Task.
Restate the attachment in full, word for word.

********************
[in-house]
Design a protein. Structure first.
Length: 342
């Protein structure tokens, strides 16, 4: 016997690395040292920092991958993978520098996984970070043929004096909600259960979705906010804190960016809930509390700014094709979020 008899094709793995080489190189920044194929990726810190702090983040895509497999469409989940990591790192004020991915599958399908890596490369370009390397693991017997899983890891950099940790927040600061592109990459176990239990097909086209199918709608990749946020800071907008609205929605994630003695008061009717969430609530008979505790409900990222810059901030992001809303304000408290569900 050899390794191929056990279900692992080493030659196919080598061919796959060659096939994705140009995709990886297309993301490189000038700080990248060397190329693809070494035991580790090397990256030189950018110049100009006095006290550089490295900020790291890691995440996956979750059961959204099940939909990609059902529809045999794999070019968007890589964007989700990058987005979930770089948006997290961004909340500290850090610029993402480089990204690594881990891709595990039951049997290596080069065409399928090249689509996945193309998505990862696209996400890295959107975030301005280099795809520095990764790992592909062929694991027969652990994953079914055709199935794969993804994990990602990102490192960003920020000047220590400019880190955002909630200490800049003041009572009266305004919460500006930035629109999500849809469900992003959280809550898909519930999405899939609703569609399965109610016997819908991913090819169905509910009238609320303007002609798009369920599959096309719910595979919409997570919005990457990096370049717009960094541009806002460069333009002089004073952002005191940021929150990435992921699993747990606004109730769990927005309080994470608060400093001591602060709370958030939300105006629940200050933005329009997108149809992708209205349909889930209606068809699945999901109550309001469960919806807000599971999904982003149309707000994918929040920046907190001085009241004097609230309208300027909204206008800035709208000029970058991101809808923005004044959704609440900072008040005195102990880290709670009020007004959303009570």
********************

[in-house]
Design a protein. Structure first.
Length: 342
């Protein structure tokens, strides 16, 4: 016997690395040292920092991958993978520098996984970070043929004096909600259960979705906010804190960016809930509390700014094709979020 008899094709793995080489190189920044194929990726810190702090983040895509497999469409989940990591790192004020991915599958399908890596490369370009390397693991017997899983890891950099940790927040600061592109990459176990239990097909086209199918709608990749946020800071907008609205929605994630003695008061009717969430609530008979505790409900990222810059901030992001809303304000408290569900 050899390794191929056990279900692992080493030659196919080598061919796959060659096939994705140009995709990886297309993301490189000038700080990248060397190329693809070494035991580790090397990256030189950018110049100009006095006290550089490295900020790291890691995440996956979750059961959204099940939909990609059902529809045999794999070019968007890589964007989700990058987005979930770089948006997290961004909340500290850090610029993402480089990204690594881990891709595990039951049997290596080069065409399928090249689509996945193309998505990862696209996400890295959107975030301005280099795809520095990764790992592909062929694991027969652990994953079914055709199935794969993804994990990602990102490192960003920020000047220590400019880190955002909630200490800049003041009572009266305004919460500006930035629109999500849809469900992003959280809550898909519930999405899939609703569609399965109610016997819908991913090819169905509910009238609320303007002609798009369920599959096309719910595979919409997570919005990457990096370049717009960094541009806002460069333009002089004073952002005191940021929150990435992921699993747990606004109730769990927005309080994470608060400093001591602060709370958030939300105006629940200050933005329009997108149809992708209205349909889930209606068809699945999901109550309001469960919806807000599971999904982003149309707000994918929040920046907190001085009241004097609230309208300027909204206008800035709208000029970058991101809808923005004044959704609440900072008040005195102990880290709670009020007004959303009570």